General Sep 24, 2016 | 11:39 AMby Colin McGourty

The Tal Memorial is back

Let's hope Mikhail Tal's memory inspires the players! | photo: Russian Chess Federation

Ex-World Champions Vladimir Kramnik and Vishy Anand head an illustrious field for the 10th edition of the Tal Memorial, which starts with a blitz tournament this Sunday. The main event is back to its classical ten-player round-robin format, with Levon Aronian among the favourites, while Peter Svidler will carry chess24 hopes and may win you free months of Premium Membership!

In 2006 the Tal Memorial pioneered the format of picking ten of the world’s very best players to fight it out over nine rounds. That’s since been picked up by the likes of Norway Chess and Shamkir Chess and become the supertournament standard adopted by the Grand Chess Tour. For eight consecutive years from 2006-2013 the Tal Memorial staked a claim to be the world’s top chess tournament, but in 2014 the name was given to a blitz event held during the Carlsen-Anand match in Sochi, while in 2015 it didn’t take place at all. Now it’s back!

  1. Vladimir Kramnik, Russia, 2808, world no. 4
  2. Levon Aronian, Armenia, 2795, world no. 5
  3. Viswanathan Anand, India, 2776, world no. 8
  4. Shakhriyar Mamedyarov, Azerbaijan, 2761, world no. 11
  5. Anish Giri, Netherlands, 2755, world no. 12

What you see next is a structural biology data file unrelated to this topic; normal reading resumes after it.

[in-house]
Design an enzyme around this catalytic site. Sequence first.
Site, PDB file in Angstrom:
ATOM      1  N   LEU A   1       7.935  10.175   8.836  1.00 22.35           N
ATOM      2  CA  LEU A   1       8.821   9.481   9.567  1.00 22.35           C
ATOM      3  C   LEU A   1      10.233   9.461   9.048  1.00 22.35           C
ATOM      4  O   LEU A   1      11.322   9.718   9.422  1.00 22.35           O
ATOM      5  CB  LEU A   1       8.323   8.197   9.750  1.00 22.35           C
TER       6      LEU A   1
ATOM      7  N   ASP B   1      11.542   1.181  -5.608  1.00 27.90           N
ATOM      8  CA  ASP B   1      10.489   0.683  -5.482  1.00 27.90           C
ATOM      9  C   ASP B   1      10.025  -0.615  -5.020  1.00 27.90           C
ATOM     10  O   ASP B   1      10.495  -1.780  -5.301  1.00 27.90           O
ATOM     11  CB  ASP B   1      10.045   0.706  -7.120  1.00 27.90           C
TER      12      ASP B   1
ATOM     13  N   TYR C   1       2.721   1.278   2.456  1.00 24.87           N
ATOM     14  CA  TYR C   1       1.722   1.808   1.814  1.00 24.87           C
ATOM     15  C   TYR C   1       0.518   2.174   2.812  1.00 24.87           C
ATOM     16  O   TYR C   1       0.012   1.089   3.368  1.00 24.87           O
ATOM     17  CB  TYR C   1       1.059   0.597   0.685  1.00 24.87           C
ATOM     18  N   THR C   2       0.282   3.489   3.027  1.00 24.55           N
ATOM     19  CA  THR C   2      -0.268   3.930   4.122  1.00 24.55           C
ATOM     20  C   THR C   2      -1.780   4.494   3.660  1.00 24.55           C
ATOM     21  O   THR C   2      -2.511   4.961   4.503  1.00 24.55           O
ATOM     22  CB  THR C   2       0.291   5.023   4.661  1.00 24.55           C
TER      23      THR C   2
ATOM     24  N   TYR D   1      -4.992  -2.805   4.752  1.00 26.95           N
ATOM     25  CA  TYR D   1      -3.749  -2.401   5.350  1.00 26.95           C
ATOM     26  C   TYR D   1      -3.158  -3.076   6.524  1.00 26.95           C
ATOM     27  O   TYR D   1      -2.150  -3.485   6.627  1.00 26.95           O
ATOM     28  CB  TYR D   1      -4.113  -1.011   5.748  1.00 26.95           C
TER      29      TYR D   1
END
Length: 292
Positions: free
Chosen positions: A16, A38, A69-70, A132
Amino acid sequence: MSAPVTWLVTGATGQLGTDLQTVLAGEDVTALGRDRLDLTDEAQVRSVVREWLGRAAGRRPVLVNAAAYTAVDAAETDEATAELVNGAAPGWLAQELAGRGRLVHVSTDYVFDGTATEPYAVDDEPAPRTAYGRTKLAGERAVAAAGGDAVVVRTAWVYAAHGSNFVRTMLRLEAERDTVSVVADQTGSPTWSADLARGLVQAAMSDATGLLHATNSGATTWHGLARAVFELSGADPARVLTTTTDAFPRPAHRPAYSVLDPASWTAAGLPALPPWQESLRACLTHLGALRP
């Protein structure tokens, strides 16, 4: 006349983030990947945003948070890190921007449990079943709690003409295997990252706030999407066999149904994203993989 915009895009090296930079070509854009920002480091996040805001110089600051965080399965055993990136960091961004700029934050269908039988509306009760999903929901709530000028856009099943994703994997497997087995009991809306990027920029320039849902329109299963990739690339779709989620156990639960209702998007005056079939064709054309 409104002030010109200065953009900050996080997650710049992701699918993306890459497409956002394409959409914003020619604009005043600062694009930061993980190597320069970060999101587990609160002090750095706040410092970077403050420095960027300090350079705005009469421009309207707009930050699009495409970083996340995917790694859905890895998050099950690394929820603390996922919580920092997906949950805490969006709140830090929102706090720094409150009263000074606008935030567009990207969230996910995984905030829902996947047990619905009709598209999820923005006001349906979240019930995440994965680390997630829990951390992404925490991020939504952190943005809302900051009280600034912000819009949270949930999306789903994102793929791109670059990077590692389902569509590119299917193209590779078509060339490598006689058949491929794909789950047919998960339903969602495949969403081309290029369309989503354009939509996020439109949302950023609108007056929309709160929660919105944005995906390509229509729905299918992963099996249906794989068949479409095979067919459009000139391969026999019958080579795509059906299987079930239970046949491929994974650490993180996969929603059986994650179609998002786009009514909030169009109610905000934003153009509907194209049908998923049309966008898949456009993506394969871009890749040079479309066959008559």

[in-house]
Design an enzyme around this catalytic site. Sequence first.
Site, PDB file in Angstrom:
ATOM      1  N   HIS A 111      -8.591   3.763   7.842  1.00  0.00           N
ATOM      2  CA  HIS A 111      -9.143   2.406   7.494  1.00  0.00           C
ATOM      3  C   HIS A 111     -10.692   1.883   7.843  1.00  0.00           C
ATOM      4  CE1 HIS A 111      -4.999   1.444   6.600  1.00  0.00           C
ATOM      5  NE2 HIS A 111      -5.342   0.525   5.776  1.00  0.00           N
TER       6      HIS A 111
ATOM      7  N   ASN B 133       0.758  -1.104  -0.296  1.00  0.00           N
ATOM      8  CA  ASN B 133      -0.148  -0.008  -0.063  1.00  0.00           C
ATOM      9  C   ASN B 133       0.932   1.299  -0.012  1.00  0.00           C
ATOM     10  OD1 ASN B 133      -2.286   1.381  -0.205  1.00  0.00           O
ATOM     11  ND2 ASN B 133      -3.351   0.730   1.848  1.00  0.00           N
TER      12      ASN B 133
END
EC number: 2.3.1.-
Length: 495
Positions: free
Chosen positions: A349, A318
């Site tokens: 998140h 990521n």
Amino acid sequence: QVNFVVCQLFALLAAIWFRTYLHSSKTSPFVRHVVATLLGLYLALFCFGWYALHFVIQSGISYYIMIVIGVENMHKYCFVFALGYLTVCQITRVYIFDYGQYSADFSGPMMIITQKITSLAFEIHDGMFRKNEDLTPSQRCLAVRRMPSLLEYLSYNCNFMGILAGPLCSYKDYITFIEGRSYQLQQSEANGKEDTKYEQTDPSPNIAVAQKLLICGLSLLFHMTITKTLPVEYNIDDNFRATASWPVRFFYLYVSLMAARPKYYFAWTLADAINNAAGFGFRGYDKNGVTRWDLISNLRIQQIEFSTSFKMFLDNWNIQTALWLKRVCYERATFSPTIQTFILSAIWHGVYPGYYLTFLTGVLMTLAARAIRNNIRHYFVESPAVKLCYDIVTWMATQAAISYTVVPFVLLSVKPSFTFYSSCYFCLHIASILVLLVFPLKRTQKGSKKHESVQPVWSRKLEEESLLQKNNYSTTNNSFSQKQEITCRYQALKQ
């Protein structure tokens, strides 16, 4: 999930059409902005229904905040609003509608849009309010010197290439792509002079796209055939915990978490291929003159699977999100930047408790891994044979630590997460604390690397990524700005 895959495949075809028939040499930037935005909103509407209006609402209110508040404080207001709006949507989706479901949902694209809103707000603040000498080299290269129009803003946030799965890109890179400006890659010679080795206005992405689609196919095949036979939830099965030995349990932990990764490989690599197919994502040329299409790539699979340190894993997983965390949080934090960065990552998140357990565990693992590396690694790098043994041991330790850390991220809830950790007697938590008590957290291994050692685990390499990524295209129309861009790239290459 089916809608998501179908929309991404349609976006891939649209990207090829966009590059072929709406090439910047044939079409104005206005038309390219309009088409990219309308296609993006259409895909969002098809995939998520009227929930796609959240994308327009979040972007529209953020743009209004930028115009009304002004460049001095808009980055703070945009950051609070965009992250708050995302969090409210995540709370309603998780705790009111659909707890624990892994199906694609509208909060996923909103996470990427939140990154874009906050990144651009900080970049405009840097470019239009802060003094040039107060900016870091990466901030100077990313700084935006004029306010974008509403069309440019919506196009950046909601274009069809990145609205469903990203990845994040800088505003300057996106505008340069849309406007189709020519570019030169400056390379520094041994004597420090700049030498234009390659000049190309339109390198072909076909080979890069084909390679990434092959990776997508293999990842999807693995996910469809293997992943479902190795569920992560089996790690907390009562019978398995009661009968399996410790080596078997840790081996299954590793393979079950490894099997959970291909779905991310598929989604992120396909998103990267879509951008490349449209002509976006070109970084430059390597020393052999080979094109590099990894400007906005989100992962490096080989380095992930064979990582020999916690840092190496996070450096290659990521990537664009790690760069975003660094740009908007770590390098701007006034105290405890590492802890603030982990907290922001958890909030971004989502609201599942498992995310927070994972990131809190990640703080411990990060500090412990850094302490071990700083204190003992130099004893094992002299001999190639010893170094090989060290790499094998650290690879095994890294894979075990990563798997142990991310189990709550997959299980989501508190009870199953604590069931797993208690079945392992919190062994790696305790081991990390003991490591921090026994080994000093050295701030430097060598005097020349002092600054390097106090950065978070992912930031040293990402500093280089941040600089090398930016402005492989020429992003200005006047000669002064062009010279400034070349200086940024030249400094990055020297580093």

6. Li Chao, China, 2746, world no. 17
  7. Peter Svidler, Russia, 2745, world no. 18
  8. Boris Gelfand, Israel, 2743, world no. 19
  9. Ian Nepomniachtchi, Russia, 2740, world no. 21
  10. Evgeny Tomashevsky, Russia, 2731, world no. 27  

The tournament is taking place in Moscow’s new Museum of Russian Impressionism as part of the Chess in Museums programme organised by the Russian Chess Federation and the Timchenko Foundation. 

The tournament's major sponsor is Avtodor (the Russian Highways State Company), but you might also spot PhosAgro and EG Capital, the two Russian companies named so far as sponsors of the New York Carlsen-Karjakin World Championship match

It starts with an opening press conference on Sunday 25 September that will be followed by 9 rounds of 3+2 minute blitz to determine the pairings (and who gets the benefit of more games with the white pieces). You can of course follow all the action LIVE on chess24 (from about 18:00 CEST), with video and commentary in English by Evgenij Miroshnichenko, or in Russian by Sergey Shipov. The main tournament will then start on Monday at 14:00 CEST.

With Caruana, Nakamura and So playing in the Isle of Man Open from 3 October, while Carlsen and Karjakin have a little match in New York to get ready for, the 2016 Tal Memorial is heavily weighted towards experience. Let’s take the players in order of their age:   

The veterans:  Gelfand (48), Anand (46), Kramnik (41), Svidler (40)